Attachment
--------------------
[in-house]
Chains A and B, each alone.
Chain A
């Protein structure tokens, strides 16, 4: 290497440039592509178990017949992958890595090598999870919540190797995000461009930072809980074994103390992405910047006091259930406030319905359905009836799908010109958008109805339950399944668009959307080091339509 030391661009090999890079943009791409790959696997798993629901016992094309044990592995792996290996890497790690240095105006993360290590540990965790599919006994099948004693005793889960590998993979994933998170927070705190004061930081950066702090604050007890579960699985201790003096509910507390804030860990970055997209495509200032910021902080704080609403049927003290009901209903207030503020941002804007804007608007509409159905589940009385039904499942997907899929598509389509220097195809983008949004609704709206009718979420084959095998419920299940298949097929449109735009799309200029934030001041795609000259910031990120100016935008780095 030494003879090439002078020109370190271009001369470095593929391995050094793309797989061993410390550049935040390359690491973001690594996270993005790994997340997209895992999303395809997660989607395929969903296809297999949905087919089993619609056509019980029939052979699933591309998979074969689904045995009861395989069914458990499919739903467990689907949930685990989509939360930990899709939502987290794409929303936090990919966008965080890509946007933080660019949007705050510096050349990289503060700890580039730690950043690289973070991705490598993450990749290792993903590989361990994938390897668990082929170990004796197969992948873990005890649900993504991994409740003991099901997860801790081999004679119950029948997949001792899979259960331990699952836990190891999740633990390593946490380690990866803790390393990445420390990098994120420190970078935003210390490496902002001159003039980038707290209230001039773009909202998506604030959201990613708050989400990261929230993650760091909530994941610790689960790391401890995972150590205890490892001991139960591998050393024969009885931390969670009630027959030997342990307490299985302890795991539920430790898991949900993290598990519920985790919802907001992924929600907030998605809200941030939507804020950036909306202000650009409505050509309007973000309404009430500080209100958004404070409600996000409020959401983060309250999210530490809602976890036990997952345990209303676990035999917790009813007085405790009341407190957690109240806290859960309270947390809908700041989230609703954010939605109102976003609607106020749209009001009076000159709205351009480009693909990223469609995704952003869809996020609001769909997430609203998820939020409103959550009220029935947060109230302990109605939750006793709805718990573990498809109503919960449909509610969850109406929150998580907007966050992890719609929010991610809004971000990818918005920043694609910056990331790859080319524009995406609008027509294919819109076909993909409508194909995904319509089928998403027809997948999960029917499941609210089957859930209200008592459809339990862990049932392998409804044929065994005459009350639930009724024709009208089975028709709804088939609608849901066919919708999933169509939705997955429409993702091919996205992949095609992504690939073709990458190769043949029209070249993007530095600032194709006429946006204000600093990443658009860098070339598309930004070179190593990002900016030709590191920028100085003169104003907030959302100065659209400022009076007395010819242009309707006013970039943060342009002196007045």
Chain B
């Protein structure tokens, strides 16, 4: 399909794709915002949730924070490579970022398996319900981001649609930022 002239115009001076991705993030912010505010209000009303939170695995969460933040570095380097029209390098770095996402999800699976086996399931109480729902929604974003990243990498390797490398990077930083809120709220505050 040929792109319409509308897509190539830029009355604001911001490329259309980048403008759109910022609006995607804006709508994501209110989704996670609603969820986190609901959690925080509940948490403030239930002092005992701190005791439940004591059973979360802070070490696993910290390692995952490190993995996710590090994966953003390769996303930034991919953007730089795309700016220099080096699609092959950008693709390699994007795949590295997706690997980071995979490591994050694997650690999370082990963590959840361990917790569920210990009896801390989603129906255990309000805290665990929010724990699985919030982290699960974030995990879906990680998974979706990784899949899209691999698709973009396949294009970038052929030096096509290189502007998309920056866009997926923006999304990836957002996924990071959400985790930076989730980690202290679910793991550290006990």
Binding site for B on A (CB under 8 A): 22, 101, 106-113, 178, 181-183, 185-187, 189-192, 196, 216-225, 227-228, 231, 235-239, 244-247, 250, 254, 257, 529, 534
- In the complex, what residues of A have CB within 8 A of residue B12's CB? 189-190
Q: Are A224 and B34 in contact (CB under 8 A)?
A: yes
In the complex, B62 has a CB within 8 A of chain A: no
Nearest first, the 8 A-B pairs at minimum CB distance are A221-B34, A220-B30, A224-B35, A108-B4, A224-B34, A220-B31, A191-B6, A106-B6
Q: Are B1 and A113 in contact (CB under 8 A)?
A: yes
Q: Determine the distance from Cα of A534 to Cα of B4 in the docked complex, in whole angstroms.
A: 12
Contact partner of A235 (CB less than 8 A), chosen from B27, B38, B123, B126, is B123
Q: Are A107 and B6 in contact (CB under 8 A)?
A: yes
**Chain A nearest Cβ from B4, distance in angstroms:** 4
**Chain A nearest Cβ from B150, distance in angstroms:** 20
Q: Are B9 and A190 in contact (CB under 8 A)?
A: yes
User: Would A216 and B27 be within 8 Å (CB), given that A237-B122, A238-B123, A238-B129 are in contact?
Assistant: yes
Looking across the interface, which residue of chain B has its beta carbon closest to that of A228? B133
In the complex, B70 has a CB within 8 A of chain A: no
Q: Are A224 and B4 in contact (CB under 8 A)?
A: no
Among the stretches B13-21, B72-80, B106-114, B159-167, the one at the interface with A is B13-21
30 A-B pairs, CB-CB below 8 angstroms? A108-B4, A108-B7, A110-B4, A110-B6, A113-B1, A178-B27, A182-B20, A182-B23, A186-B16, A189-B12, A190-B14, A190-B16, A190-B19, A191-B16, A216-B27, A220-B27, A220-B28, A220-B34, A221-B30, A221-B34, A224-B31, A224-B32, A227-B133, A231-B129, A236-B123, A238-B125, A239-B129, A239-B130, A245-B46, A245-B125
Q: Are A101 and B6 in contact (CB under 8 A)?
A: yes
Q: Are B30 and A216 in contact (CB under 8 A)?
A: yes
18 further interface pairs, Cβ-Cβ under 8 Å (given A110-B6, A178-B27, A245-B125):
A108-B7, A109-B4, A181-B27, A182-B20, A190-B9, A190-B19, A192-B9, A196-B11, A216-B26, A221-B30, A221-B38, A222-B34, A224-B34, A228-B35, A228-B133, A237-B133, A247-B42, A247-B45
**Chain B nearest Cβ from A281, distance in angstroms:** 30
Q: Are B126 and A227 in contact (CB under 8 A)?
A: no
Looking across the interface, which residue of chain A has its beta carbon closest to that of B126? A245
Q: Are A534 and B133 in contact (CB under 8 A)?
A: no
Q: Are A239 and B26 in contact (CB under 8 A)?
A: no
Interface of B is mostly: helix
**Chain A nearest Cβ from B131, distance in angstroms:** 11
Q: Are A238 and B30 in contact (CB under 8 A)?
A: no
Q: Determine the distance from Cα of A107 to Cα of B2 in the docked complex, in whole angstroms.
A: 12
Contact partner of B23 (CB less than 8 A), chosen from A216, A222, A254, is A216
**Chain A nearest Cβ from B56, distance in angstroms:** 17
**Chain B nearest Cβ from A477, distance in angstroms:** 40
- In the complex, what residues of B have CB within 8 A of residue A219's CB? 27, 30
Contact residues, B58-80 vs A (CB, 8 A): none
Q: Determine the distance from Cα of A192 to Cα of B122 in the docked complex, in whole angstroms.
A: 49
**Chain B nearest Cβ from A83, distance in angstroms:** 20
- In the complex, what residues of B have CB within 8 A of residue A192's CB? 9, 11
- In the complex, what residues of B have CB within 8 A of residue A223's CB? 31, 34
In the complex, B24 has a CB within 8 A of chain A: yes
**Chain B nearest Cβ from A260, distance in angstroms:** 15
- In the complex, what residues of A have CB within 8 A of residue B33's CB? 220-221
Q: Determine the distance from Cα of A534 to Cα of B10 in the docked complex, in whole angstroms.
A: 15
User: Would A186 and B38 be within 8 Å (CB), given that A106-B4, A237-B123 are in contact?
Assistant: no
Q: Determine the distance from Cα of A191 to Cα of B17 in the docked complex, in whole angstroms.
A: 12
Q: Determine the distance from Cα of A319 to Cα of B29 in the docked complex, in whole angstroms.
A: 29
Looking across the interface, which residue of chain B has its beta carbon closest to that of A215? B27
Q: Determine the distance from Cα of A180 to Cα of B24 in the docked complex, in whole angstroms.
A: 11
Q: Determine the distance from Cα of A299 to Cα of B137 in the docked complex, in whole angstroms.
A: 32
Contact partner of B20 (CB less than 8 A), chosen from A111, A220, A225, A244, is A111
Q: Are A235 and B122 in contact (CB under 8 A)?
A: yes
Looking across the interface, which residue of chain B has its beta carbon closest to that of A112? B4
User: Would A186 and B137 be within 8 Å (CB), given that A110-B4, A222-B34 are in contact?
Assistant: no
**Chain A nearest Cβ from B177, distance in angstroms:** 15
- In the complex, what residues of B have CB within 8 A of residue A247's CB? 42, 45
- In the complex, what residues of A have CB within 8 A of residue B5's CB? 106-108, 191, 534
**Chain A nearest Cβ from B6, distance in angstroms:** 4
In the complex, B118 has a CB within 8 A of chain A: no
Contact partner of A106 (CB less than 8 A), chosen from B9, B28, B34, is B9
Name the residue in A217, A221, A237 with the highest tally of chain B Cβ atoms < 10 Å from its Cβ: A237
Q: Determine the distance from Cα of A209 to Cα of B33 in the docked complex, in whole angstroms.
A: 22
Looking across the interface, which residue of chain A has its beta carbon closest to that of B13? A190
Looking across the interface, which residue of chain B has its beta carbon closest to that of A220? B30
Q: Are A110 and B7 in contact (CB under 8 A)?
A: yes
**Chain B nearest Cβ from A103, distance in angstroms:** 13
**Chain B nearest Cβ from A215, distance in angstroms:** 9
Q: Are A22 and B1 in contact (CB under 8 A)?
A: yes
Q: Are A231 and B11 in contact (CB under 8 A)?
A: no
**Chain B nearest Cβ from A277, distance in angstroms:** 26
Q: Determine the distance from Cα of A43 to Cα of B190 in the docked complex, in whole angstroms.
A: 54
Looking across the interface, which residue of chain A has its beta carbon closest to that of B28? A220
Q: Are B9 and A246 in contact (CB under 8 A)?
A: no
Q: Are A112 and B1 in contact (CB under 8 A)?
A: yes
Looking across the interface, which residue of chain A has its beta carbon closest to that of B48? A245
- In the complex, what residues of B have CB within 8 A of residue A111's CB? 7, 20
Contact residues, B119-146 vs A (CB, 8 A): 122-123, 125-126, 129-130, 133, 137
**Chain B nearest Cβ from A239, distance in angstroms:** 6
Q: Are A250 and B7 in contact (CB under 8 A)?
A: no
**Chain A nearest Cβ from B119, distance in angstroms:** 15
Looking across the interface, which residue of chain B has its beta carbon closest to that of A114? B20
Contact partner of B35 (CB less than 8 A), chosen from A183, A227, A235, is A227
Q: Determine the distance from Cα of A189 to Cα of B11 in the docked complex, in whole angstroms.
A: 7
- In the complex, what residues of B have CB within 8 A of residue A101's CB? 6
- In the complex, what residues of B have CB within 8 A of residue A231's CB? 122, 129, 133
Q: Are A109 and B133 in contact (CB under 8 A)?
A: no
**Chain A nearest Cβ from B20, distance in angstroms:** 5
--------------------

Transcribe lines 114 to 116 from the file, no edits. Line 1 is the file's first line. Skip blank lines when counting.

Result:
**Chain B nearest Cβ from A239, distance in angstroms:** 6
Q: Are A250 and B7 in contact (CB under 8 A)?
A: no